Some commentators have suggested that e-commerce will make governments change the composition of their tax base. They cite the mobility of web sites and the lack of readily apparent knowledge about where and who the parties to a transaction are, as reasons for shifting the tax burden onto less mobile items such as property. However, these arguments will only have merit if governments do nothing to adapt their identification, information and collection approaches to the e-commerce environment.

The premise of the Ottawa Taxation Framework Conditions is that the revenue authorities, co-operating together and working with business, can adapt their tax assessment and collection approaches to work effectively in the new environment. We have been doing this and have found that we have much in common with business and consumer protection view points.

Revenue authorities, consumer groups and businesses all have similar interests in improving the identification information on commercial web sites.

In the conventional commercial environment, taxpayers keep books and records and provide information to tax authorities to support the assessment of tax. Where tax authorities need to verify information provided by the taxpayer, they can often rely upon third party information from financial institutions or other intermediaries within their jurisdiction.

In an e-commerce environment, electronic books and records can be more ephemeral and may be more often stored in a foreign jurisdiction. Revenue authorities have already encountered cases where client lists and payment records have been allegedly stored in tax havens, making access very difficult.

Some electronic payment systems used in e-commerce are fully unaccounted - allowing for the transfer of wealth from consumer to business and from the business to another party without being brought into the normal banking system. This is of concern because of the global reach of electronic payment systems.

Revenue authorities, other regulatory agencies, internal and external auditors and businesses all have similar interests in improving the information integrity measures available in an e-commerce environment. If consistent requirements are adopted globally many of the mechanisms to provide enhanced record integrity, reliability and authenticity can be built into business software and transaction protocols at low cost.

The work of the Technical Advisory Group on audit standards and desirable data elements lays an initial foundation for further work with business and governments in these areas. Similarly progress has been made in creating a generic guide on the Internet and its role in compliance work.

Collection

Efficient and effective collection systems are fundamental to the operation of any successful taxation system. Achieving these administrative aims in an e-commerce environment presents some new challenges  primarily in the field of consumption taxes. Business intermediaries traditionally collect a very large part of tax revenue. Employers are responsible for the collection of wage tax; businesses collect and remit consumption taxes; and financial institutions collect taxes on interest and royalties.

In some cases, e-commerce may remove these intermediaries. For example, a consumer may deal directly with a producer in another jurisdiction rather than via a retailer in the consumer's jurisdiction. The result is that revenue authorities will be required to collect small amounts from a large number of taxpayers, which may place an unacceptably high compliance cost on taxpayers and high administrative costs on revenue authorities. In other cases, new intermediaries may be created (for example the www.ebay.com online market place).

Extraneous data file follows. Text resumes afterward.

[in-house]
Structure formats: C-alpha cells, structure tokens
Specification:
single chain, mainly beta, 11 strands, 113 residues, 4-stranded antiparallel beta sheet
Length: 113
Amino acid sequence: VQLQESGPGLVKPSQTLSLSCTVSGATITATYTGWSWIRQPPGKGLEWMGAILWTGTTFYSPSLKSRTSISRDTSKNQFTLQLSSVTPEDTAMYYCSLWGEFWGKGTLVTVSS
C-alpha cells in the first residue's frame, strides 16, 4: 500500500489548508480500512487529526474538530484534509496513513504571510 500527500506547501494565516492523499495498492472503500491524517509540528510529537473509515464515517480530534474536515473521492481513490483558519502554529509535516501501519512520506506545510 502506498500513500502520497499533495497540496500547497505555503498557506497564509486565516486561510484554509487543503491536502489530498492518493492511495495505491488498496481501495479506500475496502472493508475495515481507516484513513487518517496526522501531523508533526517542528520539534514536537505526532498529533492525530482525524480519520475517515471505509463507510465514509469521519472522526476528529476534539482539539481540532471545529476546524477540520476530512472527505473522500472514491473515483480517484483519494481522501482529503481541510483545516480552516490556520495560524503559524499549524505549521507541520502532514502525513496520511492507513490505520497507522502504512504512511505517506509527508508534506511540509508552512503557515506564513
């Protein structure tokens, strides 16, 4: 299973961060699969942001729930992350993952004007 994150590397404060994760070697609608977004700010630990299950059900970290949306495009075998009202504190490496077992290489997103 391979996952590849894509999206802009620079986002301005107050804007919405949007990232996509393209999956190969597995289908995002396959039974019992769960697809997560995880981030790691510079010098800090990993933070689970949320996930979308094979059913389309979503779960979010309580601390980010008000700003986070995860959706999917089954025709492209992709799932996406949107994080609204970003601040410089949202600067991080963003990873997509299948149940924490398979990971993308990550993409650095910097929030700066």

These collection issues are being actively examined in different international fora and by national governments. Different models have been proposed, from the business registering in all jurisdictions to a tax and transfer model. It is clear that, regardless of whatever cross-border tax collection system evolves, revenue authorities will need to co-operate and co-ordinate more than has been necessary in the past if tax systems are to have integrity. This again raises the issue of an appropriate global response to threats to the tax base and practices that undermine the ability of co-operative countries to successfully manage their revenue systems in a way that does not damage another country's tax system integrity.

Collection of taxes in an e-commerce environment is likely to require new approaches to implementing existing policy effectively. Revenue authorities will need to co-ordinate and co-operate much more than has been necessary in the past. The technologies that underlie e-commerce offer exciting prospects for streamlined cross-border trade and tax collection. A number of businesses are already experimenting with tax calculation software that calculates consumption and sales taxes across many countries. Working together with these businesses, governments have an opportunity to streamline existing collection systems, and facilitate greater trade and investment.

Conclusion

With the Progress Report endorsed by the Committee on Fiscal Affairs in January, Representatives of OECD governments have agreed on a number of important conclusions and recommendations that pave the way for greater certainty among businesses and consumers in relation to the taxation of electronic commerce.

These conclusions reflect a significant step forward in the international work - which the OECD is co-ordinating - to address the taxation questions associated with e-commerce. Working closely with business and non-members, we're making good progress toward the effective implementation of the Ottawa Taxation Framework Conditions

I particularly welcome the very constructive input we've had from the business community and from non-member economies (through our Technical Advisory TAGs) and I'm pleased that the Committee on Fiscal Affairs has endorsed proposals to continue with that dialogue. It's important that we maintain our efforts to strengthen the emerging international consensus, so as to provide governments and business with the certainty that they need about how taxation rules should apply to e-commerce.